If there is anyone out there who thinks Mrs. Bhutto did not increase the number of her enemies because of things she has been saying recently, and which also happened to match many of Washington’s interests in this region, please read this unedited comment that I received by e-mail from a Pakistani blogger who commented on this last interview by Mrs. Bhutto to an Indian magazine. Please note the hostility in his tone and then note the anger directed at Mr. Musharraf for entering into a ‘deal’ with her:

“Benazir always deferred to India’s interests when she was the Prime Minister. That much is well known. But that she is proud of it and wants to be rewarded for it with appointment yet again as the PM, is amazing. By whom? By the other servant of India – Musharraf.”


All of this should make it clear that, in addition to the terrorists who committed this naked act of terrorism against a Pakistani politician, certain policy circles in Washington D.C. bear equal moral responsibility for this tragedy.

They are responsible for the way they pushed Pakistan into a political mess, first by forcibly parachuting Mrs. Bhutto into Pakistan at a time when American support for any politician is a kiss of death. And then by encouraging her on to a path of confrontation with the political elite in Islamabad [The famous list accusing three prominent Pakistani personalities of wanting to kill her, which was prepared even before her return to Pakistan. And now we learn, courtesy CNN’s Wolf Blitzer, there was a fourth name in the list: Mr. Musharraf himself.]

Washington’s manipulation of Mrs. Bhutto’s political moves in the past year, and the joint U.S.-U.K. pressures to redesign domestic Pakistani politics, coupled with intense, mostly U.S. media blitz against Islamabad, all of this has led to creating an unprecedented environment of domestic instability in Pakistan. Political pundits in Washington would be wise to question whether it was wise to do this when the Pakistanis were facing off with their own demons on the border with Afghanistan.

I am just one of many Pakistani observers who warned their government to be careful about how some U.S. media reports were openly talking about the ‘risks’ facing Mrs. Bhutto on her return to Pakistan. It wasn’t hard to figure out that, if anything happened to Mrs. Bhutto, it would be used to increase the media ‘siege’ around Pakistan and ensure a government in Islamabad that compromised on issues like the Pakistani strategic arsenal and Islamabad’s interests in the region and in Afghanistan.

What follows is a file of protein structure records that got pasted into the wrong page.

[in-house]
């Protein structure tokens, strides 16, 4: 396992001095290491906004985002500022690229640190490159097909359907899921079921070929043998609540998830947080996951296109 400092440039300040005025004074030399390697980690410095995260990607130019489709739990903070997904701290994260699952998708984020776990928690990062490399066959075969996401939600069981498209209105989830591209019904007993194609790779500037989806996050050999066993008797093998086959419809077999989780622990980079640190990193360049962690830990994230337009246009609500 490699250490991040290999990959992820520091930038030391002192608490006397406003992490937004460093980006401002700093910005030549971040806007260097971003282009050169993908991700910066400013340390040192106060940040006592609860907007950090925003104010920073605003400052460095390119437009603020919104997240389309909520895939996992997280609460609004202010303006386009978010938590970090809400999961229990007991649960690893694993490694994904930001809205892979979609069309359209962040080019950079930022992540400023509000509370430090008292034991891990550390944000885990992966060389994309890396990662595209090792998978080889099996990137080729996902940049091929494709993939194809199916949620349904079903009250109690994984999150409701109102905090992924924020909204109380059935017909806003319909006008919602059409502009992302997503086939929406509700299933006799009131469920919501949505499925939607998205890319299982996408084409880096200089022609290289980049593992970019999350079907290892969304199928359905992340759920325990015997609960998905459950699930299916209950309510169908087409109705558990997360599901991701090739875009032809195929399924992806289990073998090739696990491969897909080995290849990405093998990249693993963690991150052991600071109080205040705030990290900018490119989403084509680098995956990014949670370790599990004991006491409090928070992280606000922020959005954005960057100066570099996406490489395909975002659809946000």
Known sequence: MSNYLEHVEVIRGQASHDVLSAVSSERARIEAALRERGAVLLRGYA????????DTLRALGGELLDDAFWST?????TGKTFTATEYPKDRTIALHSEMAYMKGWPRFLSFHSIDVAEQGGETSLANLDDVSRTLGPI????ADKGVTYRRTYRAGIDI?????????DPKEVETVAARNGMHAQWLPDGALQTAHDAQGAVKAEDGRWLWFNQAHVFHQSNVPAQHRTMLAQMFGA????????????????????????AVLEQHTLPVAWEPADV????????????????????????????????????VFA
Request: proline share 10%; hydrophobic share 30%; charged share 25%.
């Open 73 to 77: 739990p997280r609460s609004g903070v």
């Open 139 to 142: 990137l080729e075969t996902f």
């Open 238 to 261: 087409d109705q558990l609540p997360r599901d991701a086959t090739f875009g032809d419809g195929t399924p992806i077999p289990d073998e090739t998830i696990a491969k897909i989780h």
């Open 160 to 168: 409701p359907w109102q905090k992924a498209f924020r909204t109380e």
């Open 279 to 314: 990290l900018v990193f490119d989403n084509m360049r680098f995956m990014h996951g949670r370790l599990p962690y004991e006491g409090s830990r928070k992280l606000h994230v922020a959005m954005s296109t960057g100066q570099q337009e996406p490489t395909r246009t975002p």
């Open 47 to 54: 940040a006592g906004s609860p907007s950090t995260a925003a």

In an earlier column of mine [The Plan To Topple Pakistan Military, 19 Nov.], I wrote:

“Some Pakistani security analysts privately say that American ‘chatter’ about Musharraf or Bhutto getting killed is a serious matter that can’t be easily dismissed. Getting Bhutto killed can generate the kind of pressure that could result in permanently putting the Pakistani military on a back foot, giving Washington enough room to push for installing a new pliant leadership in Islamabad fully backed by the West.”

Already, we have seen a special U.N. Security Council session to discuss the security situation in Pakistan. This adds to very deliberate attempts in the U.S. media over the past few months to demonize Pakistan and prepare the world opinion for a possible military intervention in Pakistan on the lines of Afghanistan and Iraq.

This is why the Pakistani delegation at the U.N. wanted to take out some lines from the draft Security Council resolution passed yesterday after Mrs. Bhutto’s assassination that appeared to be interfering too much in a domestic Pakistani security concern. After all, we didn’t see the Security Council using similar wording when Prime Minister Yitzhak Rabin was assassinated in Israel in 1995. Needless to say, the Pakistani concern was not heeded.

Pakistani officials will have to be careful about undue interference in Pakistani internal matters under the pretext of this recent tragedy, especially insinuations that Pakistani investigators somehow may not be capable to deal with this crime.

Not that Islamabad is taking any of this interference lightly. Pakistan has refused to allow election observers from the Commonwealth into the country due to this British organization’s arrogant bullying and interference in domestic Pakistani affairs.

At the same time, Pakistan’s security and stability must come above anything else for all Pakistanis. This column might sound harsh to some, considering the occasion. But this ‘background blunt talk’ is necessary because of the enormity of this tragedy. Pakistan has not only lost a leading and charismatic politician, we have also received a severe blow to our stability.

As for the terrorists behind this cowardly assassination, we have a battle with Al Qaeda to fight, and a battle with whomever is exploiting the situation in Afghanistan to destabilize Pakistan. Differences of political opinion among Pakistanis should not turn violent. As a vibrant nation, we thrive on our diversity.

Like millions of Pakistanis today, I join the family of the slain former Prime Minister of my country in their, and Pakistan’s, hour of grief.

Mr. Quraishi is a Pakistani political commentator. He hosts a talk show on PTV Network. He can be reached at [email protected]